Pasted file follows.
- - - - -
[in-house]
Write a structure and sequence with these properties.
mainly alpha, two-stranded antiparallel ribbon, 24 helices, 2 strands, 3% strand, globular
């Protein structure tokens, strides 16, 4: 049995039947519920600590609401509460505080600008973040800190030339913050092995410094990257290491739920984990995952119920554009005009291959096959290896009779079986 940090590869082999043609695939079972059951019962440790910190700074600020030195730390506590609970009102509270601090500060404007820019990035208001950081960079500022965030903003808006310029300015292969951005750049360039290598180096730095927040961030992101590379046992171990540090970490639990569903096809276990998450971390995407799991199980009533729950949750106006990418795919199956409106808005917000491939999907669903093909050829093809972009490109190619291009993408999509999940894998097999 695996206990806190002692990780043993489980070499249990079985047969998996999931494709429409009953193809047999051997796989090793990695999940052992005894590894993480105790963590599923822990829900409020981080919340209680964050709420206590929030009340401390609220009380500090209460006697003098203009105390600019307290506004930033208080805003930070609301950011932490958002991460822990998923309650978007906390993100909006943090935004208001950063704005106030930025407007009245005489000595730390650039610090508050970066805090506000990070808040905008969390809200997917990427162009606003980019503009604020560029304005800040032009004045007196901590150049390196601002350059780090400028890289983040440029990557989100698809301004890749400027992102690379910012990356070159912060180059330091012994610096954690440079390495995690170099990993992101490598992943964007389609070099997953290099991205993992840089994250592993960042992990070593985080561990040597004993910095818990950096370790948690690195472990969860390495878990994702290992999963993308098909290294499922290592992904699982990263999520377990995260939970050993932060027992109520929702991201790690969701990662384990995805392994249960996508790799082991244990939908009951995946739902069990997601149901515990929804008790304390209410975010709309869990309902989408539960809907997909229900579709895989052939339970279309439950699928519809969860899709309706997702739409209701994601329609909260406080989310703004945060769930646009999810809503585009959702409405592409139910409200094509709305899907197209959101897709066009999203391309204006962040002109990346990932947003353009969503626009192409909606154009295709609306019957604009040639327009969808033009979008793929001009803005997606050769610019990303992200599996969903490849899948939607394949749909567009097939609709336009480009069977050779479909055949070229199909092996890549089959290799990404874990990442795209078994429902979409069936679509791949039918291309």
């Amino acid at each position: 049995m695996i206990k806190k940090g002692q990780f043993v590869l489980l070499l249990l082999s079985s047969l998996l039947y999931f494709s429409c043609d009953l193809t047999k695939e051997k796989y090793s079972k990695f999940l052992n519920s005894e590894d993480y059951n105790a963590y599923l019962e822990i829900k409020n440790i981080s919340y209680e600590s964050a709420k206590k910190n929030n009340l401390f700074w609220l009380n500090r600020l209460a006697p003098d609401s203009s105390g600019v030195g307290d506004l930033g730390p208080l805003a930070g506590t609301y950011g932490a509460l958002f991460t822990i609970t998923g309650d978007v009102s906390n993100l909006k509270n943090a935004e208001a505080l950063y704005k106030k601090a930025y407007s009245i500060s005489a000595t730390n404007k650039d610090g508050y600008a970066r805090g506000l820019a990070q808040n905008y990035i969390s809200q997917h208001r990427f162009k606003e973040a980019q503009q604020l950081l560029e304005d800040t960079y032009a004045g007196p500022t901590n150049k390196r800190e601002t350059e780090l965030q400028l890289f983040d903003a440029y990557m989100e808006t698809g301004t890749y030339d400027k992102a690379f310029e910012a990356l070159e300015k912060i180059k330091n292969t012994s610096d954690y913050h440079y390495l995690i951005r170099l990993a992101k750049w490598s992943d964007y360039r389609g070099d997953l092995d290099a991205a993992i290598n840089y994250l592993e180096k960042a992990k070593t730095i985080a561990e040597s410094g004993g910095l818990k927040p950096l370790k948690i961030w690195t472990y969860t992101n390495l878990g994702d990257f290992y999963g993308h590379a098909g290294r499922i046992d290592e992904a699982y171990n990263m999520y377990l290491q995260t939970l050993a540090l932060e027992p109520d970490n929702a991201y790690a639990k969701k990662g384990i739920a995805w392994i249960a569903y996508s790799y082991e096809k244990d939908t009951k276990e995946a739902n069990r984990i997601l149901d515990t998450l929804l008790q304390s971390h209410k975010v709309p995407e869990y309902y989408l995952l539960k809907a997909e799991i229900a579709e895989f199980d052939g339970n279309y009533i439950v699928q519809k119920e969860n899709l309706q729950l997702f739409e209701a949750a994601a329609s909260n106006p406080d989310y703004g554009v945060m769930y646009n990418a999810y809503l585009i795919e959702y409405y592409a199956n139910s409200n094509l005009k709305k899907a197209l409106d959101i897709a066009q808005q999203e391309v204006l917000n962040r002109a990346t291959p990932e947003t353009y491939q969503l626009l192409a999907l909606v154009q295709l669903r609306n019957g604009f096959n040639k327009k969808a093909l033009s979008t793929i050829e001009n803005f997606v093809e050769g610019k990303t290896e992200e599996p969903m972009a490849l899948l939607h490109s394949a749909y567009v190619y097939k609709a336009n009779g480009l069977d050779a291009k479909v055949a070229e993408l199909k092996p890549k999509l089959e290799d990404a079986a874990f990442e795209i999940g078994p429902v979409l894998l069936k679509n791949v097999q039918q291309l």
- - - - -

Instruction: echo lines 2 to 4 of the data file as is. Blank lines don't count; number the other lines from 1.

Write a structure and sequence with these properties.
mainly alpha, two-stranded antiparallel ribbon, 24 helices, 2 strands, 3% strand, globular
């Protein structure tokens, strides 16, 4: 049995039947519920600590609401509460505080600008973040800190030339913050092995410094990257290491739920984990995952119920554009005009291959096959290896009779079986 940090590869082999043609695939079972059951019962440790910190700074600020030195730390506590609970009102509270601090500060404007820019990035208001950081960079500022965030903003808006310029300015292969951005750049360039290598180096730095927040961030992101590379046992171990540090970490639990569903096809276990998450971390995407799991199980009533729950949750106006990418795919199956409106808005917000491939999907669903093909050829093809972009490109190619291009993408999509999940894998097999 695996206990806190002692990780043993489980070499249990079985047969998996999931494709429409009953193809047999051997796989090793990695999940052992005894590894993480105790963590599923822990829900409020981080919340209680964050709420206590929030009340401390609220009380500090209460006697003098203009105390600019307290506004930033208080805003930070609301950011932490958002991460822990998923309650978007906390993100909006943090935004208001950063704005106030930025407007009245005489000595730390650039610090508050970066805090506000990070808040905008969390809200997917990427162009606003980019503009604020560029304005800040032009004045007196901590150049390196601002350059780090400028890289983040440029990557989100698809301004890749400027992102690379910012990356070159912060180059330091012994610096954690440079390495995690170099990993992101490598992943964007389609070099997953290099991205993992840089994250592993960042992990070593985080561990040597004993910095818990950096370790948690690195472990969860390495878990994702290992999963993308098909290294499922290592992904699982990263999520377990995260939970050993932060027992109520929702991201790690969701990662384990995805392994249960996508790799082991244990939908009951995946739902069990997601149901515990929804008790304390209410975010709309869990309902989408539960809907997909229900579709895989052939339970279309439950699928519809969860899709309706997702739409209701994601329609909260406080989310703004945060769930646009999810809503585009959702409405592409139910409200094509709305899907197209959101897709066009999203391309204006962040002109990346990932947003353009969503626009192409909606154009295709609306019957604009040639327009969808033009979008793929001009803005997606050769610019990303992200599996969903490849899948939607394949749909567009097939609709336009480009069977050779479909055949070229199909092996890549089959290799990404874990990442795209078994429902979409069936679509791949039918291309």